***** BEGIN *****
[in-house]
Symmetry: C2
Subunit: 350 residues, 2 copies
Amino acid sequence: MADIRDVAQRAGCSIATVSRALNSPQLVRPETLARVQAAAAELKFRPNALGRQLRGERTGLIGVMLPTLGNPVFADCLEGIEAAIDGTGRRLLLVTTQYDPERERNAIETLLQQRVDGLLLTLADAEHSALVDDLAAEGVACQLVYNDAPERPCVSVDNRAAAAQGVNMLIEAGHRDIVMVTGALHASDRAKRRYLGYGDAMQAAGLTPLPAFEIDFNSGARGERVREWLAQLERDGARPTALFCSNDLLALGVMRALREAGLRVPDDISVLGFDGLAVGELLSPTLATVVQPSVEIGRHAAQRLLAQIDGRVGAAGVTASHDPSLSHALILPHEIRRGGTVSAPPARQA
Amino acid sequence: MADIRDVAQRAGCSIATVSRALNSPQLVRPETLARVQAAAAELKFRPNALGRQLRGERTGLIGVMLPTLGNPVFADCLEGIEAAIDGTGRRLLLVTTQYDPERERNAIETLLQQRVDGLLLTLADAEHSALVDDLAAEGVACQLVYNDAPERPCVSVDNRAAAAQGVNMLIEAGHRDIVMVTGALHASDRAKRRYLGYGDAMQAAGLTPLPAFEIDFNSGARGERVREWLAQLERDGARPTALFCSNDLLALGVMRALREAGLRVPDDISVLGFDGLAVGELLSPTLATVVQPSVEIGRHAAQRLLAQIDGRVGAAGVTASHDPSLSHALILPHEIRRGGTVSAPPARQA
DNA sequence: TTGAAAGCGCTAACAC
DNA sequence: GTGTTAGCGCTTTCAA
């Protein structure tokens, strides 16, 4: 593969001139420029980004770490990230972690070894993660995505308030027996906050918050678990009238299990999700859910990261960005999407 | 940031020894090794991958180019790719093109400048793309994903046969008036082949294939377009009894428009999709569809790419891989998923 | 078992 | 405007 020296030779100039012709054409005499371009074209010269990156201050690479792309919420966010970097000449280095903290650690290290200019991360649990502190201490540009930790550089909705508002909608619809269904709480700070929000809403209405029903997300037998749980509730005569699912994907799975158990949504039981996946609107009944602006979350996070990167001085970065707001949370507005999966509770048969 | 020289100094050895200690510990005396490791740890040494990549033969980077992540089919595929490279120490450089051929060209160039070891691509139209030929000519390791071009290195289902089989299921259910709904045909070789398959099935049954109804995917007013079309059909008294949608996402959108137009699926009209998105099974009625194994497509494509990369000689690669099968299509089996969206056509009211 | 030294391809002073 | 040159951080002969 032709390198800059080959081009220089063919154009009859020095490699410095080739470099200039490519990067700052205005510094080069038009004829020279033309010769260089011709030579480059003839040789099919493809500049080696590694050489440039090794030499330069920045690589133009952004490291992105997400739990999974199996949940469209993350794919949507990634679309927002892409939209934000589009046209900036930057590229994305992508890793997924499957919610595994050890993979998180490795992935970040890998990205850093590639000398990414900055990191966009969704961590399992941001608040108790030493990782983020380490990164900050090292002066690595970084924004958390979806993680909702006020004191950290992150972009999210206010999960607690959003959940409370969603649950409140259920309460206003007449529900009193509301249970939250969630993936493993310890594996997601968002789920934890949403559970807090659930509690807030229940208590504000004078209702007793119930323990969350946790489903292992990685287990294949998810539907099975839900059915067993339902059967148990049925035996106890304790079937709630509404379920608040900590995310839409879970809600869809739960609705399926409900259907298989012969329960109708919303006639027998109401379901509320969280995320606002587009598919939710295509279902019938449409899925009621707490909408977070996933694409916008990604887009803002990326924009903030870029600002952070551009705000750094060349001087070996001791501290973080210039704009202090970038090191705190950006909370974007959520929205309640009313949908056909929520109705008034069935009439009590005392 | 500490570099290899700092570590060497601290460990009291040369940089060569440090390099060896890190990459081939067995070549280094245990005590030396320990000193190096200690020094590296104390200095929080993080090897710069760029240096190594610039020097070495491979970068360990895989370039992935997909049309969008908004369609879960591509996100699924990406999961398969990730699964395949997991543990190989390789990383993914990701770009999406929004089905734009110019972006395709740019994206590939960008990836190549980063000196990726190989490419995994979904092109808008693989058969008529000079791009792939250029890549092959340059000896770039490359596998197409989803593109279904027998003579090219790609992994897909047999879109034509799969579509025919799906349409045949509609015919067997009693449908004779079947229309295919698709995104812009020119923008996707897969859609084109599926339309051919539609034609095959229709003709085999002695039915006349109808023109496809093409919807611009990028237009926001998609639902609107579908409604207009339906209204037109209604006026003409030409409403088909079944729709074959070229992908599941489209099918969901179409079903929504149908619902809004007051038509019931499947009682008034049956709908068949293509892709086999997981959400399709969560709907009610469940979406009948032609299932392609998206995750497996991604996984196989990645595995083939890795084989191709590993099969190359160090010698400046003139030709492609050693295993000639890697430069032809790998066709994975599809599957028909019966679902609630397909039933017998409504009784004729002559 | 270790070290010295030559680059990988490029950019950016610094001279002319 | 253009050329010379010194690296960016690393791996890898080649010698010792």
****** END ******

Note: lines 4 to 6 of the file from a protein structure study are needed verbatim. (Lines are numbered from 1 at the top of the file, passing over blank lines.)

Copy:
Amino acid sequence: MADIRDVAQRAGCSIATVSRALNSPQLVRPETLARVQAAAAELKFRPNALGRQLRGERTGLIGVMLPTLGNPVFADCLEGIEAAIDGTGRRLLLVTTQYDPERERNAIETLLQQRVDGLLLTLADAEHSALVDDLAAEGVACQLVYNDAPERPCVSVDNRAAAAQGVNMLIEAGHRDIVMVTGALHASDRAKRRYLGYGDAMQAAGLTPLPAFEIDFNSGARGERVREWLAQLERDGARPTALFCSNDLLALGVMRALREAGLRVPDDISVLGFDGLAVGELLSPTLATVVQPSVEIGRHAAQRLLAQIDGRVGAAGVTASHDPSLSHALILPHEIRRGGTVSAPPARQA
Amino acid sequence: MADIRDVAQRAGCSIATVSRALNSPQLVRPETLARVQAAAAELKFRPNALGRQLRGERTGLIGVMLPTLGNPVFADCLEGIEAAIDGTGRRLLLVTTQYDPERERNAIETLLQQRVDGLLLTLADAEHSALVDDLAAEGVACQLVYNDAPERPCVSVDNRAAAAQGVNMLIEAGHRDIVMVTGALHASDRAKRRYLGYGDAMQAAGLTPLPAFEIDFNSGARGERVREWLAQLERDGARPTALFCSNDLLALGVMRALREAGLRVPDDISVLGFDGLAVGELLSPTLATVVQPSVEIGRHAAQRLLAQIDGRVGAAGVTASHDPSLSHALILPHEIRRGGTVSAPPARQA
DNA sequence: TTGAAAGCGCTAACAC